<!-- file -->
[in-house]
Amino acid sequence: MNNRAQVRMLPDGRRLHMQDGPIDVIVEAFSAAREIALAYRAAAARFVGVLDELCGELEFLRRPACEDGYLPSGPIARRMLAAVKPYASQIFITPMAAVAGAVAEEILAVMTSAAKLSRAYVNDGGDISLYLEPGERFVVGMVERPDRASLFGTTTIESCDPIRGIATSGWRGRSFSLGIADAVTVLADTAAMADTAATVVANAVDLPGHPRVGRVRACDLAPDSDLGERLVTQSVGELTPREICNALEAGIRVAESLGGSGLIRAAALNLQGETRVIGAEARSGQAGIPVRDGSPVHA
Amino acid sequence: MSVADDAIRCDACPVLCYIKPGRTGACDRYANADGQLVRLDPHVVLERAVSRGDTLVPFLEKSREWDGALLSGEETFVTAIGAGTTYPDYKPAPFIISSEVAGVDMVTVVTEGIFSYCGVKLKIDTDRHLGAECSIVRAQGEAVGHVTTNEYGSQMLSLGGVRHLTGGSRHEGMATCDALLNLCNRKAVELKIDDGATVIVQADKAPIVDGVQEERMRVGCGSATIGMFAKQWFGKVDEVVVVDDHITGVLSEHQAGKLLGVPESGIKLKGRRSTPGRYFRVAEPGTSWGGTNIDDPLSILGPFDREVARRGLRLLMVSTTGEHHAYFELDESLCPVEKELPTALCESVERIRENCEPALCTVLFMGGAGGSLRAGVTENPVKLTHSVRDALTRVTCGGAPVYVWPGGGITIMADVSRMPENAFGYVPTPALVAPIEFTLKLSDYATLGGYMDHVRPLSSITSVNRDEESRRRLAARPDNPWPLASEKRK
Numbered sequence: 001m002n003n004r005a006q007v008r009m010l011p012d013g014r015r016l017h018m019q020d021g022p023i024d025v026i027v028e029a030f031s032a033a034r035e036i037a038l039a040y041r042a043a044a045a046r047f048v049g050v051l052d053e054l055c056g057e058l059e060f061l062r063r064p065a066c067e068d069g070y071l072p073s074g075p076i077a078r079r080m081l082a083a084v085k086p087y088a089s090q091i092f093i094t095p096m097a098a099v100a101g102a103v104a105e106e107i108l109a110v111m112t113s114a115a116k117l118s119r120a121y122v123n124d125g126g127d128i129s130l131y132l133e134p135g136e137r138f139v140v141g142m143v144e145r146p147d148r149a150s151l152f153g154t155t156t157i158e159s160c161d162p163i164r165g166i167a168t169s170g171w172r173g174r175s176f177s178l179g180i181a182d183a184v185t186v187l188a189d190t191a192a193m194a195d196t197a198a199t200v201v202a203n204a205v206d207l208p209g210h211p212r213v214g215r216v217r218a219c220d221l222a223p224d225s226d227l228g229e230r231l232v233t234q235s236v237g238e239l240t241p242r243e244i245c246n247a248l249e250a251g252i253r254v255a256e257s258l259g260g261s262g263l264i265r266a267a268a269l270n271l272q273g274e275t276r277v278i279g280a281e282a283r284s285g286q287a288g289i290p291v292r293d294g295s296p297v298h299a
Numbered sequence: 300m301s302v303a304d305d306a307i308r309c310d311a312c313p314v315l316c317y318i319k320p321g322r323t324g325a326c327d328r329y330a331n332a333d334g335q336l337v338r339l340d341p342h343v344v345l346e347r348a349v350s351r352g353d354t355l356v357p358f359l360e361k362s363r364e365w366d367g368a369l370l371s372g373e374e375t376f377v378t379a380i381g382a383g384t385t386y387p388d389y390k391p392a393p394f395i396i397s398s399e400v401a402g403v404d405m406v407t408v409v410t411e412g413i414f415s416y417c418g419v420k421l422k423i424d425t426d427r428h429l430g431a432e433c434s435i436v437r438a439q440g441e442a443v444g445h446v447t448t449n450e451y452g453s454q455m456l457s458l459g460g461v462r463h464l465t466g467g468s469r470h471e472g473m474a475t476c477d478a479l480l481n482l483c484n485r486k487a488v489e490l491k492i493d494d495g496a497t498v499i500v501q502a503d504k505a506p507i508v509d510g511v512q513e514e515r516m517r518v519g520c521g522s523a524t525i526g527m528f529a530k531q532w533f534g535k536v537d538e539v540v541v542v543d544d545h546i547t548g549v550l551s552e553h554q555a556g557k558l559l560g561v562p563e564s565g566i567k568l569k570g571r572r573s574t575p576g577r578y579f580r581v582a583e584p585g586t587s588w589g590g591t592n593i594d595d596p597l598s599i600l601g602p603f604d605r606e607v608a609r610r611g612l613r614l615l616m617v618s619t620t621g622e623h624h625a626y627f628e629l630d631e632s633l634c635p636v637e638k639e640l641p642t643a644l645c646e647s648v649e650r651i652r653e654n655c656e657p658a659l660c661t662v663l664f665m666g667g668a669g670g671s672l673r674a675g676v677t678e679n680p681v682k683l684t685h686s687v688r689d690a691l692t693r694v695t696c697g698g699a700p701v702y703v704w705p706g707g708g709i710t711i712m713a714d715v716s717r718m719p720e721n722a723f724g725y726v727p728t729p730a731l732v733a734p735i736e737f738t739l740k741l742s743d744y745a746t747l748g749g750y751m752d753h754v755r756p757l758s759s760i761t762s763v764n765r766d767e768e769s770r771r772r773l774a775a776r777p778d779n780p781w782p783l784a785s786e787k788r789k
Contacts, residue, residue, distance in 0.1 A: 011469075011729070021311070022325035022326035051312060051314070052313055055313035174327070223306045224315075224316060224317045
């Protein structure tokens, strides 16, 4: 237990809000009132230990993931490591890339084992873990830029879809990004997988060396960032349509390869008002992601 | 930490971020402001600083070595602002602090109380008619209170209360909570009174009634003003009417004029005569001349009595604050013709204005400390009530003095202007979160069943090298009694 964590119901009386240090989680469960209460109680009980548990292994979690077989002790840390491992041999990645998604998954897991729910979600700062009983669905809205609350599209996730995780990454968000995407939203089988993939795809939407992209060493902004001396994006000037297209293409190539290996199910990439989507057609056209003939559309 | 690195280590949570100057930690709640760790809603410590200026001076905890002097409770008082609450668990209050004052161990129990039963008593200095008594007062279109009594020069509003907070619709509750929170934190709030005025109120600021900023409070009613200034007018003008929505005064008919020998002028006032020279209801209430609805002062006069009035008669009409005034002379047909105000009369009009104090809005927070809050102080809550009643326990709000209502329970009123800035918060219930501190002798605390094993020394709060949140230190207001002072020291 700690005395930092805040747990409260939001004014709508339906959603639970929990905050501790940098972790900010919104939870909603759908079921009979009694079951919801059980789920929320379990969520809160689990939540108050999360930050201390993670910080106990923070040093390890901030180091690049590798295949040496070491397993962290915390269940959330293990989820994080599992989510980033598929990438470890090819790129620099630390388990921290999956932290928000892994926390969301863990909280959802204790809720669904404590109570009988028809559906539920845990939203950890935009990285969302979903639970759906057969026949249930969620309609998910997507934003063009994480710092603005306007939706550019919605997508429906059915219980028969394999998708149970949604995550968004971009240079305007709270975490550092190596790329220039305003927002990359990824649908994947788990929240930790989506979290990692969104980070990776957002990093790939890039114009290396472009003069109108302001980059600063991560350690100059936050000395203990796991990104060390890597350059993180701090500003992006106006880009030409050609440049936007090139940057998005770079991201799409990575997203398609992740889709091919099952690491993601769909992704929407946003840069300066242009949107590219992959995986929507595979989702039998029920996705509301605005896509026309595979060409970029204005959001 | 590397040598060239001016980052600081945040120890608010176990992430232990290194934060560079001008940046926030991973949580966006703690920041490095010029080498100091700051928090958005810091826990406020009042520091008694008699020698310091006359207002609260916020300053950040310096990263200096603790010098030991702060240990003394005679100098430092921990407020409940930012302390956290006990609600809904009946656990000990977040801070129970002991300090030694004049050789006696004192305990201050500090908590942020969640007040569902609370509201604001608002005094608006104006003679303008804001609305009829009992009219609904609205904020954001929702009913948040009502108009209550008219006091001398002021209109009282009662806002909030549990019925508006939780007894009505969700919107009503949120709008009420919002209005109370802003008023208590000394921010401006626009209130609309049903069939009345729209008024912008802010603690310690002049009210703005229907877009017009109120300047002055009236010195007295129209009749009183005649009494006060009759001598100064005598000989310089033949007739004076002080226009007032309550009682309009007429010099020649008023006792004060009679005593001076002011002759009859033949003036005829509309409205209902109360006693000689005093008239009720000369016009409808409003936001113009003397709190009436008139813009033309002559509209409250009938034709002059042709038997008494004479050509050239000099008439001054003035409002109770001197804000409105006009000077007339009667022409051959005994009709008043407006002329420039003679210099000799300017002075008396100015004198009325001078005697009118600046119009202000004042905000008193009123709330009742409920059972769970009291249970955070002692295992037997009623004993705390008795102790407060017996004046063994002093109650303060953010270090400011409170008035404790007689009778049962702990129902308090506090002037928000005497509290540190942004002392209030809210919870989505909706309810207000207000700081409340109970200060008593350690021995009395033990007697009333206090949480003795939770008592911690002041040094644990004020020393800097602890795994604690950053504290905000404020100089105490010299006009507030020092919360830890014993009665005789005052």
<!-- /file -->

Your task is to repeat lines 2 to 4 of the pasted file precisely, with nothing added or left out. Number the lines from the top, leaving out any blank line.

Amino acid sequence: MNNRAQVRMLPDGRRLHMQDGPIDVIVEAFSAAREIALAYRAAAARFVGVLDELCGELEFLRRPACEDGYLPSGPIARRMLAAVKPYASQIFITPMAAVAGAVAEEILAVMTSAAKLSRAYVNDGGDISLYLEPGERFVVGMVERPDRASLFGTTTIESCDPIRGIATSGWRGRSFSLGIADAVTVLADTAAMADTAATVVANAVDLPGHPRVGRVRACDLAPDSDLGERLVTQSVGELTPREICNALEAGIRVAESLGGSGLIRAAALNLQGETRVIGAEARSGQAGIPVRDGSPVHA
Amino acid sequence: MSVADDAIRCDACPVLCYIKPGRTGACDRYANADGQLVRLDPHVVLERAVSRGDTLVPFLEKSREWDGALLSGEETFVTAIGAGTTYPDYKPAPFIISSEVAGVDMVTVVTEGIFSYCGVKLKIDTDRHLGAECSIVRAQGEAVGHVTTNEYGSQMLSLGGVRHLTGGSRHEGMATCDALLNLCNRKAVELKIDDGATVIVQADKAPIVDGVQEERMRVGCGSATIGMFAKQWFGKVDEVVVVDDHITGVLSEHQAGKLLGVPESGIKLKGRRSTPGRYFRVAEPGTSWGGTNIDDPLSILGPFDREVARRGLRLLMVSTTGEHHAYFELDESLCPVEKELPTALCESVERIRENCEPALCTVLFMGGAGGSLRAGVTENPVKLTHSVRDALTRVTCGGAPVYVWPGGGITIMADVSRMPENAFGYVPTPALVAPIEFTLKLSDYATLGGYMDHVRPLSSITSVNRDEESRRRLAARPDNPWPLASEKRK
Numbered sequence: 001m002n003n004r005a006q007v008r009m010l011p012d013g014r015r016l017h018m019q020d021g022p023i024d025v026i027v028e029a030f031s032a033a034r035e036i037a038l039a040y041r042a043a044a045a046r047f048v049g050v051l052d053e054l055c056g057e058l059e060f061l062r063r064p065a066c067e068d069g070y071l072p073s074g075p076i077a078r079r080m081l082a083a084v085k086p087y088a089s090q091i092f093i094t095p096m097a098a099v100a101g102a103v104a105e106e107i108l109a110v111m112t113s114a115a116k117l118s119r120a121y122v123n124d125g126g127d128i129s130l131y132l133e134p135g136e137r138f139v140v141g142m143v144e145r146p147d148r149a150s151l152f153g154t155t156t157i158e159s160c161d162p163i164r165g166i167a168t169s170g171w172r173g174r175s176f177s178l179g180i181a182d183a184v185t186v187l188a189d190t191a192a193m194a195d196t197a198a199t200v201v202a203n204a205v206d207l208p209g210h211p212r213v214g215r216v217r218a219c220d221l222a223p224d225s226d227l228g229e230r231l232v233t234q235s236v237g238e239l240t241p242r243e244i245c246n247a248l249e250a251g252i253r254v255a256e257s258l259g260g261s262g263l264i265r266a267a268a269l270n271l272q273g274e275t276r277v278i279g280a281e282a283r284s285g286q287a288g289i290p291v292r293d294g295s296p297v298h299a